Sanral e-toll collection down to R687.7 million, shows system must be scrapped

The fact that the South African National Roads Agency (Sanral) has only managed to collect R687.7 million for the 2018/2019 financial year compared to the previous year when they were able to collect R1.87 billion once again shows that e-tolls are not working and should be scrapped.

This information was revealed in Sanral’s integrated annual report, which also indicated that the entity raised an impairment of R10.04 bullion on its total e-toll trade.

Motorists in Gauteng have refused to pay for e-tolls since it was implemented in 2013.

It is high-time that a solution is found to e-tolls in Gauteng.

At the end of August, the National Minister of Transport was supposed to make an announcement regarding e-tolls but instead asked for extra time to consult with all stakeholders on the matter.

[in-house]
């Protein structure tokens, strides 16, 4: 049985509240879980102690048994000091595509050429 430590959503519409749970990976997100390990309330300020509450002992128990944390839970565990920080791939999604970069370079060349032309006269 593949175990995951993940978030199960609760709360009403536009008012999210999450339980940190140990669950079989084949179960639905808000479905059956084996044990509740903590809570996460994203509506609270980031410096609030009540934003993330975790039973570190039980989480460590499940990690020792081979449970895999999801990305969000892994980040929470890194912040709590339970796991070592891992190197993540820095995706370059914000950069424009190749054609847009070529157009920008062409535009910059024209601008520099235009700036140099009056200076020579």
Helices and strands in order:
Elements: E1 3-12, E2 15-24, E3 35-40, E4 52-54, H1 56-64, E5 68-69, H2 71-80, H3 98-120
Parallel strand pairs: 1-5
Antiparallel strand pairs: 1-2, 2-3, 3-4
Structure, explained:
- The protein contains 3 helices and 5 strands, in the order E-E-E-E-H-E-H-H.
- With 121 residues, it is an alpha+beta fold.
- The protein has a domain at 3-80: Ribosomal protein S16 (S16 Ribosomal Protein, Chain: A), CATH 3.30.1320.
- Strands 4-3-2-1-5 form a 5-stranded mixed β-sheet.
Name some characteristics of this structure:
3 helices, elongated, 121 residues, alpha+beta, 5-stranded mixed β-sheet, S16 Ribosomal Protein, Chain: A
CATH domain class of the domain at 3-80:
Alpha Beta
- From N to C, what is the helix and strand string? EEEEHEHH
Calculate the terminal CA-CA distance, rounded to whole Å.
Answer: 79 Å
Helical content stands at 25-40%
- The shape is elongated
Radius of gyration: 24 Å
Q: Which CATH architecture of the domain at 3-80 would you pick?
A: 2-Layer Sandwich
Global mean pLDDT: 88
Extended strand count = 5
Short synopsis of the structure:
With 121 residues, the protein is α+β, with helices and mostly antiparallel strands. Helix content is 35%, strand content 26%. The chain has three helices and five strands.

A month has now passed, and we are still waiting to hear what the solution to e-tolls will be.

The DA has been against the implementation of e-tolls as it is an unfair tax burden on our residents who are struggling to make ends meet.

If no solution is found to e-tolls, then Sanral will see a further decrease in the collection of e-toll debt.

e-Tolls must be scrapped sooner rather than later.

The DA will continue to put pressure on Premier David Makhura to lodge an intergovernmental dispute on e-tolls and instead use the fuel levy to replace e-tolls and not bail out State Owned Enterprises (SOEs)

DA calls for speedy resolution to bus strike

by Fred Nel MPL – DA Gauteng Shadow MEC for Roads and Transport

The DA calls on the employers in the bus industry and transport industry unions to reach a speedy resolution to end the transport strike, which is entering its sixth day.

According to a statement issued by the transport unions involved in the strike, the wage negotiations started in January but there has been a delay in reaching a final wage increase agreement, which has led to the deadlock.

This industrial action is having a negative impact on both our economy and commuters. Thousands of commuters have been left stranded or have had to find alternative transport to work.

In many cases, commuters who rely on the bus service have had to fork out extra money, which they can ill afford.

In Gauteng, university students who rely on the Mega Bus to get to and from campus have been left stranded, while some school children were also affected.